The Creeping Alienation of Tbilisi: Tatia Kinkladze Captures Urban Spaces & Contaminated Landscapes

 

My interest for urban photography has been nurtured by Jane Jacobs’ inspiring book The Death and Life of Great American Cities and by the realization that we do live in an environment that fosters social alienation. By taking a closer look at urban spaces around us, I realized that the city’s public spaces tend to become lifeless and functionless, thus nourishing our desire to escape into a ‘dream city’.

Modern cities are extremely urbanized. Urban development is increasingly coupled with population growth but also ecological problems. As a result, we see modern constructions and multi-dwelling buildings in the city center coexist with a still widespread Soviet architecture in suburban areas. My photos capture urban spaces and contaminated landscapes, thus vividly expressing a need for a different city planning.

Throughout the last year, I’ve been going through a sort of self-awareness process and photography has become a free space for me that allowed me to see the world from a different perspective.

What I have learned about Tbilisi is that urban challenges which are more and more appearing on the surface because of new constructions, clearly demonstrating political nature of the problem. In order to avoid urban catastrophe and the city become viable, it is crucial that the government elaborate relevant approaches in order to overcome these problems. The politics require equal distribution of the resources.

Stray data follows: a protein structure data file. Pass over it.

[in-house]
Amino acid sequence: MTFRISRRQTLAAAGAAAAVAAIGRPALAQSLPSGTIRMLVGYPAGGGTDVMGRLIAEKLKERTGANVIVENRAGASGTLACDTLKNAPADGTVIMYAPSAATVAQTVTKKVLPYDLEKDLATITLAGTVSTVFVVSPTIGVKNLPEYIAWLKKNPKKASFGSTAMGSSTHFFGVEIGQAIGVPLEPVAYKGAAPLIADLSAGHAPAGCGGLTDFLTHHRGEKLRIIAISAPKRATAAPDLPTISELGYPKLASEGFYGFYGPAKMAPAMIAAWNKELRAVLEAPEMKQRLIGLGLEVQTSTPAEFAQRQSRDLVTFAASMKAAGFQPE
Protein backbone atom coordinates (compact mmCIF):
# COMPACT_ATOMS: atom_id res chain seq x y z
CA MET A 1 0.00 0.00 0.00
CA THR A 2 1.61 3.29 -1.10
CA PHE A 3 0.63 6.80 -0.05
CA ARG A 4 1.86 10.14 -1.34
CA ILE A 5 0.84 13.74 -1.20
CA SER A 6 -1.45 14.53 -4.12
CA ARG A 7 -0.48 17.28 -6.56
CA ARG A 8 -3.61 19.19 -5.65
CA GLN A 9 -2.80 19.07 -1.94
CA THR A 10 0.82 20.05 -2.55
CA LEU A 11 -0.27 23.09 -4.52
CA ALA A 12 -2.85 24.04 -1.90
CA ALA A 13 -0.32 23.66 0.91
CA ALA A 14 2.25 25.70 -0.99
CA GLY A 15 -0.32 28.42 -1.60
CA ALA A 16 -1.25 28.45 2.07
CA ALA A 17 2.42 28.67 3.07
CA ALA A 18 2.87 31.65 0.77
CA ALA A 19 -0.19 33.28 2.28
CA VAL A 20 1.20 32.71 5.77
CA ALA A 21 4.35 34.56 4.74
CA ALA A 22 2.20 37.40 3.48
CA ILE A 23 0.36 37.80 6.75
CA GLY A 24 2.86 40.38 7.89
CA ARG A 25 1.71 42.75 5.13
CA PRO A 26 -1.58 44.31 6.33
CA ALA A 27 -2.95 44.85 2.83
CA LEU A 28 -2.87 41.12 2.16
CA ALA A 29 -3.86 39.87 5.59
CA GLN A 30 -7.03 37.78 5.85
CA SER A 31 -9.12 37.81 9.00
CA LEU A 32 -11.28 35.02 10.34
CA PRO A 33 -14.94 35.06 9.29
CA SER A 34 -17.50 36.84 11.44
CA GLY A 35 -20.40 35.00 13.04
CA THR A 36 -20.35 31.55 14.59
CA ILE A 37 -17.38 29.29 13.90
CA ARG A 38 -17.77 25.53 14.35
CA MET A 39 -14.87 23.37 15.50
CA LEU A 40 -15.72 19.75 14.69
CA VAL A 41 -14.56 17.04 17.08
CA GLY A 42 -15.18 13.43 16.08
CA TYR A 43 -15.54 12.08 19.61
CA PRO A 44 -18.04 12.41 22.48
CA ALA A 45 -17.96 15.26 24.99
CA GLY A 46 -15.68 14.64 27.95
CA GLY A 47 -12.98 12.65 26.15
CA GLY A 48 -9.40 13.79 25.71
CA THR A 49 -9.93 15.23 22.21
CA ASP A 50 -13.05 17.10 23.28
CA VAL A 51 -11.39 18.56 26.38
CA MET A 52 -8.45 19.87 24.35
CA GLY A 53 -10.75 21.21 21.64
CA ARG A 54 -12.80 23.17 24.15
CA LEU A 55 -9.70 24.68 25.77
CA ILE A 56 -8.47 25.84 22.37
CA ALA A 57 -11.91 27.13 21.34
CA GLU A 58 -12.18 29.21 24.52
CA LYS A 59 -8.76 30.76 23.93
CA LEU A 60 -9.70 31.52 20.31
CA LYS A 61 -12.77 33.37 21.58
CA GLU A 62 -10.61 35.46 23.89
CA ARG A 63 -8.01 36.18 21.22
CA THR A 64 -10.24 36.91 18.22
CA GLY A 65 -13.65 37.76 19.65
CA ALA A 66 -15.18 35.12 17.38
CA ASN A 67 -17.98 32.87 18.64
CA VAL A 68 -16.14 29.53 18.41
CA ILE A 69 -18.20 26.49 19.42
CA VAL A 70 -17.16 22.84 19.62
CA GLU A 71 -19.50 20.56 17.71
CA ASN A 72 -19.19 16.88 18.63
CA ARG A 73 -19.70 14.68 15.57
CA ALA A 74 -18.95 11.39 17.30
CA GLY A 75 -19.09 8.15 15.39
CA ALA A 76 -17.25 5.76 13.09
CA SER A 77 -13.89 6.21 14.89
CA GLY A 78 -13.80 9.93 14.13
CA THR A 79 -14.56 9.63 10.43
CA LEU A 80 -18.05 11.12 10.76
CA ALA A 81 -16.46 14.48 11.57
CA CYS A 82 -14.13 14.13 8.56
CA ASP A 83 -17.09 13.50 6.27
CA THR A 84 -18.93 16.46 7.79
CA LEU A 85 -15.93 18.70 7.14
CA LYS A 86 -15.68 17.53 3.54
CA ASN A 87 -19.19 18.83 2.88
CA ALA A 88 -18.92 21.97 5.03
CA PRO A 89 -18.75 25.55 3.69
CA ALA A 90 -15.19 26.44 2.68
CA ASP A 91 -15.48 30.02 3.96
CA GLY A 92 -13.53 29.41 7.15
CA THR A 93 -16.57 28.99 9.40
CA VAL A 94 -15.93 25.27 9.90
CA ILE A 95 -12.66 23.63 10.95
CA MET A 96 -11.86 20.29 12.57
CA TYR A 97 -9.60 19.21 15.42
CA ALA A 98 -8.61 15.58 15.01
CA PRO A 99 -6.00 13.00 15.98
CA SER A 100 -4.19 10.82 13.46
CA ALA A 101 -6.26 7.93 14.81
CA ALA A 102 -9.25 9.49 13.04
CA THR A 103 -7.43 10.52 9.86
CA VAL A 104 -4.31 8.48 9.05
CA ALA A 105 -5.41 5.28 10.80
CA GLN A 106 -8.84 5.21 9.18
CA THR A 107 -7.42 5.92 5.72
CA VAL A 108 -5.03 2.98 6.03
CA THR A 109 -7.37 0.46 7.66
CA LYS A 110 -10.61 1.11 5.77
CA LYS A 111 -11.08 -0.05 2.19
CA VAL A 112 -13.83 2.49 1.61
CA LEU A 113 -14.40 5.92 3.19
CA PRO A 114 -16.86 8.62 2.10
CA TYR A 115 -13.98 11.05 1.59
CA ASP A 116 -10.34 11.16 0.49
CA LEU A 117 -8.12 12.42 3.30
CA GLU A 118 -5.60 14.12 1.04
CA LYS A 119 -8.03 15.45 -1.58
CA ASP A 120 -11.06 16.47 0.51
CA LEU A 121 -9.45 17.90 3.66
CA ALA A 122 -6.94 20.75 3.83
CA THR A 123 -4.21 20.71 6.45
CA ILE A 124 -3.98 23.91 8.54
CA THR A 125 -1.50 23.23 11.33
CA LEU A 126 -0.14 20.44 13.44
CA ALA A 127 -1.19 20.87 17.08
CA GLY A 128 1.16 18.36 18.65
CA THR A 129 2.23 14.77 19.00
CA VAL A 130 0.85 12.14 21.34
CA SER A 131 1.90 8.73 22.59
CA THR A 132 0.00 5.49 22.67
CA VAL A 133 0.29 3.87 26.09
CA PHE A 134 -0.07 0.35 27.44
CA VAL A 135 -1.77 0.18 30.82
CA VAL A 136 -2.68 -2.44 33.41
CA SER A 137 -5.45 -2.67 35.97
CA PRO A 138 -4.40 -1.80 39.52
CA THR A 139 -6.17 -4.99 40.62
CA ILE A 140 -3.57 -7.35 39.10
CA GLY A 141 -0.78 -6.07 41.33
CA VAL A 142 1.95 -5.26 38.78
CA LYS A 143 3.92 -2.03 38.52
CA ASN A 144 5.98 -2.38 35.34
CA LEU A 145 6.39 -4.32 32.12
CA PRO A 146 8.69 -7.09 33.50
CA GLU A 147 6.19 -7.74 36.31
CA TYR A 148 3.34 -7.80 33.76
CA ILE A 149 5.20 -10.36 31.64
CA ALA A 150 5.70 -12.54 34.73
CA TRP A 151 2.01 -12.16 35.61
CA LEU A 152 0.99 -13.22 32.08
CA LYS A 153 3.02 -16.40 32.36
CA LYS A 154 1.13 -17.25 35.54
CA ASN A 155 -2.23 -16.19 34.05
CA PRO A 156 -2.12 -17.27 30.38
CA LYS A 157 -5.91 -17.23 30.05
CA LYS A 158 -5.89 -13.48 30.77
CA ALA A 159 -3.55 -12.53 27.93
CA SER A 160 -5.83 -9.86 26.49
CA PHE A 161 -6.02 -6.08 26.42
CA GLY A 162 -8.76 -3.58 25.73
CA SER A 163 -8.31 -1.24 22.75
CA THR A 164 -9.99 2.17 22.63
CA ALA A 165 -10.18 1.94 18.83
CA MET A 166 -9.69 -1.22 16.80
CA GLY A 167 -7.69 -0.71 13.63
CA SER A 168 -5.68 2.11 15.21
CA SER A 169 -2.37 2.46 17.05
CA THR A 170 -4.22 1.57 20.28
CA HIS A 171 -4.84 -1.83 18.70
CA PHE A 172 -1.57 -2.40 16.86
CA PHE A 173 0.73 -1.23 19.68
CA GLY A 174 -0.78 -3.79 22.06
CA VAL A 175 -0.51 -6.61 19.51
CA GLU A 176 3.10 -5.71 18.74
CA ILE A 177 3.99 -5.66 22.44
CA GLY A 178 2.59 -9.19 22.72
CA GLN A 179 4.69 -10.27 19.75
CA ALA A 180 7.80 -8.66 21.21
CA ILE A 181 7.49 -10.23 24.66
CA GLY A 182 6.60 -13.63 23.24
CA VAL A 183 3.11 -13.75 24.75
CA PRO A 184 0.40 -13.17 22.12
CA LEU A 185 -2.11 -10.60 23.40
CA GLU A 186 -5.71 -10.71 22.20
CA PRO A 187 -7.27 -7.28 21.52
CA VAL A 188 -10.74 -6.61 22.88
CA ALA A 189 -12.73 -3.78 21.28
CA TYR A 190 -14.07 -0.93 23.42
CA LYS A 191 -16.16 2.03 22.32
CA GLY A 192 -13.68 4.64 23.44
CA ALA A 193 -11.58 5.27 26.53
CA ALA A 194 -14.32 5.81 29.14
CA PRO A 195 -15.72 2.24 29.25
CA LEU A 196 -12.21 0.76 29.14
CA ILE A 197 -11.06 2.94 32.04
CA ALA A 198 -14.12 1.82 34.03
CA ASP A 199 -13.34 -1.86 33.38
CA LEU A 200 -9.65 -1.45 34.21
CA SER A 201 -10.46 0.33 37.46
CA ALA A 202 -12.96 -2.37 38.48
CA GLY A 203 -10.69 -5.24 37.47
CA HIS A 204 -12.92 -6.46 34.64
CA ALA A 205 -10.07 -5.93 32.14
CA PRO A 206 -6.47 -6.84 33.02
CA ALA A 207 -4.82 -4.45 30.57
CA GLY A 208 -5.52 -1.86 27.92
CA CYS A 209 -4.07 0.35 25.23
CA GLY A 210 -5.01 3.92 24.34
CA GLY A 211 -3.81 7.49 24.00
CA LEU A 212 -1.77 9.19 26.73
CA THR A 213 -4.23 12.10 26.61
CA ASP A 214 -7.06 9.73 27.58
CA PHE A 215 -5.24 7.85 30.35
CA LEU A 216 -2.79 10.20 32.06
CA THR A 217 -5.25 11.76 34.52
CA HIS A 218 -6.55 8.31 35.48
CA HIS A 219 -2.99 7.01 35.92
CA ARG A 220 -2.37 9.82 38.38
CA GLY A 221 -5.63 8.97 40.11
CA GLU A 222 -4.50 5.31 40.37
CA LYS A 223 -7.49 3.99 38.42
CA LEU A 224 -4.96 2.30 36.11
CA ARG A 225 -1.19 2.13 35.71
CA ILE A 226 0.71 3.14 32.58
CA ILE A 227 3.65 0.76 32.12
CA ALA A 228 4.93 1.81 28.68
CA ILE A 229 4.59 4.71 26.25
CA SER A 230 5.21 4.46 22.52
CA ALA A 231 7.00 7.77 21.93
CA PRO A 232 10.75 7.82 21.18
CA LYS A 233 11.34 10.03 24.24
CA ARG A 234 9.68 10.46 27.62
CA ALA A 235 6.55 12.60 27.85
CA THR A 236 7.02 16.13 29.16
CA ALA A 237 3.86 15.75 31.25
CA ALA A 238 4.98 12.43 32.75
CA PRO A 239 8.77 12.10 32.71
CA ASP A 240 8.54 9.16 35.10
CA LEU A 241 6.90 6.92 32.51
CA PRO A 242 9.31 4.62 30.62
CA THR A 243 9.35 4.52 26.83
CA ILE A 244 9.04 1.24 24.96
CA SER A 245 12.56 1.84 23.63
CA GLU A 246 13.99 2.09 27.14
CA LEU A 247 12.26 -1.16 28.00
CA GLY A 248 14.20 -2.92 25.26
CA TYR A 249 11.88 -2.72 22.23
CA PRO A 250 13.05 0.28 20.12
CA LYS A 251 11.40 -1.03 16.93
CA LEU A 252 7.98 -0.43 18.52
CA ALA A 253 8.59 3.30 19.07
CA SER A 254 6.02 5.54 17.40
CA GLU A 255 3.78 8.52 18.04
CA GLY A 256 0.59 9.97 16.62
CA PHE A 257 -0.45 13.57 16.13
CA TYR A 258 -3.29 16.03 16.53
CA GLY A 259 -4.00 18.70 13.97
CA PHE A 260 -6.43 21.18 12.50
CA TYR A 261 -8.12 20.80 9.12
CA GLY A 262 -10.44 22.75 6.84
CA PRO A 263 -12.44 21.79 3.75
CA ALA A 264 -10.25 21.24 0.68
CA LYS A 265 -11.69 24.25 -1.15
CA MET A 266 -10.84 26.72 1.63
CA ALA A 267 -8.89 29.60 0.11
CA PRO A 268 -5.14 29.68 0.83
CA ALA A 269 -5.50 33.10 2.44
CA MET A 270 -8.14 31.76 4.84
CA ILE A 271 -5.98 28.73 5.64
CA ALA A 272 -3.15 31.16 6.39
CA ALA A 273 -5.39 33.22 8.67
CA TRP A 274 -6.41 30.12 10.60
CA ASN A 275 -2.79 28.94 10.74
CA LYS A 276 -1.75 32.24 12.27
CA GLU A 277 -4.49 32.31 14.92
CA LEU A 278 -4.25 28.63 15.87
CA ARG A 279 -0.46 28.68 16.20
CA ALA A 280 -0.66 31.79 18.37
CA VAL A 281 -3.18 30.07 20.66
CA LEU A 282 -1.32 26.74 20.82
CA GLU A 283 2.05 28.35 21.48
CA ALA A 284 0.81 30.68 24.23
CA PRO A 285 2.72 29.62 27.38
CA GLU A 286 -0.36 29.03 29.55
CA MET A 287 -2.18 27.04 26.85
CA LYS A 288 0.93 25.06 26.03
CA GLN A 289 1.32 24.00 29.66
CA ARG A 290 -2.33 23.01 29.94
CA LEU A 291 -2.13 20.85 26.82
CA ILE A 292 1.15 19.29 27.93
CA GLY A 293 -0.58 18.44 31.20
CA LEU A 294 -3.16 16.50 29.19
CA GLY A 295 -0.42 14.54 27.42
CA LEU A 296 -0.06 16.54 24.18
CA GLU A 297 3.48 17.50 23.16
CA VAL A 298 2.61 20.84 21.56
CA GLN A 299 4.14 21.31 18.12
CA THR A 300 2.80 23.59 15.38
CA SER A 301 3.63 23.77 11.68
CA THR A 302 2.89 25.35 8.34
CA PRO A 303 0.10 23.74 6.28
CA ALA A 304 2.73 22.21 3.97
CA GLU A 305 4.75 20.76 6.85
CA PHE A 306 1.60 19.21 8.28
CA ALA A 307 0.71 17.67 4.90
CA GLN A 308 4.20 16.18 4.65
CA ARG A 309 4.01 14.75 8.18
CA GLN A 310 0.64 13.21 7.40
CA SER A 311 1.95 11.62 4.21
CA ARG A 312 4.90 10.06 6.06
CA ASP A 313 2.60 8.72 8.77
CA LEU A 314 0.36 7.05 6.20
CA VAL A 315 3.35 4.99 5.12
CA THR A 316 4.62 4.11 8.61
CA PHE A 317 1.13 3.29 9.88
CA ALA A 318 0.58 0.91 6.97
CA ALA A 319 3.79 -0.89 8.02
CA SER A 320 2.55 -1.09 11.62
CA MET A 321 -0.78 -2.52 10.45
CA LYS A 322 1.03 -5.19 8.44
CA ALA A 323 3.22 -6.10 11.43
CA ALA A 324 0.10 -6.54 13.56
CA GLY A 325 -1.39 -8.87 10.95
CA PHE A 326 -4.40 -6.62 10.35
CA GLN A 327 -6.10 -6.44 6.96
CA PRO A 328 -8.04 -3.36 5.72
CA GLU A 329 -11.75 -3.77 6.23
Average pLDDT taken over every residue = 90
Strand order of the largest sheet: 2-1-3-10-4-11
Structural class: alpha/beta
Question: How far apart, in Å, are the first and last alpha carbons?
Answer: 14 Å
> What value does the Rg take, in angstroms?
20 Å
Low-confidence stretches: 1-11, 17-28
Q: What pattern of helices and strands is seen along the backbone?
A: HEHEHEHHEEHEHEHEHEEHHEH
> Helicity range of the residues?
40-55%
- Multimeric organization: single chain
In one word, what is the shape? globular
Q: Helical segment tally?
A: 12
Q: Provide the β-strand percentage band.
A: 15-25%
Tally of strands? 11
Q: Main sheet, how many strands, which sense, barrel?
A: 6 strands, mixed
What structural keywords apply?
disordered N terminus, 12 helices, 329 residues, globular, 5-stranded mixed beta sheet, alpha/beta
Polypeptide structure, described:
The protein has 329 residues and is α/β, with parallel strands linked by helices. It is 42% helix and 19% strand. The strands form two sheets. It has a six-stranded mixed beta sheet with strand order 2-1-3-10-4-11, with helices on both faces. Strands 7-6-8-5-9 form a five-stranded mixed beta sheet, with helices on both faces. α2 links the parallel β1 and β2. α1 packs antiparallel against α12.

In Tbilisi, construction of multiple dwellings is actively processing. City Hall quite easily gives permission to construction companies to build them in the city center and recreational zones. The construction process takes place without a plan and what we will get is an ugly cityscape. Constructions like the Biltmore are fundamentally transforming the character of the city. Without construction a plan, we are unable to imagine what the city will look like after some years. Construction of the buildings is an ongoing process in suburbs as well, for example, at Tbilisi Sea territory. While walking in the streets, I often feel that day after day, breathing becomes more difficult.

The process of solving the problems involves different components such as legal regulations, cleaning and etc, but the main challenge is the political will of the government, without which I find it impossible to overcome these obstacles.

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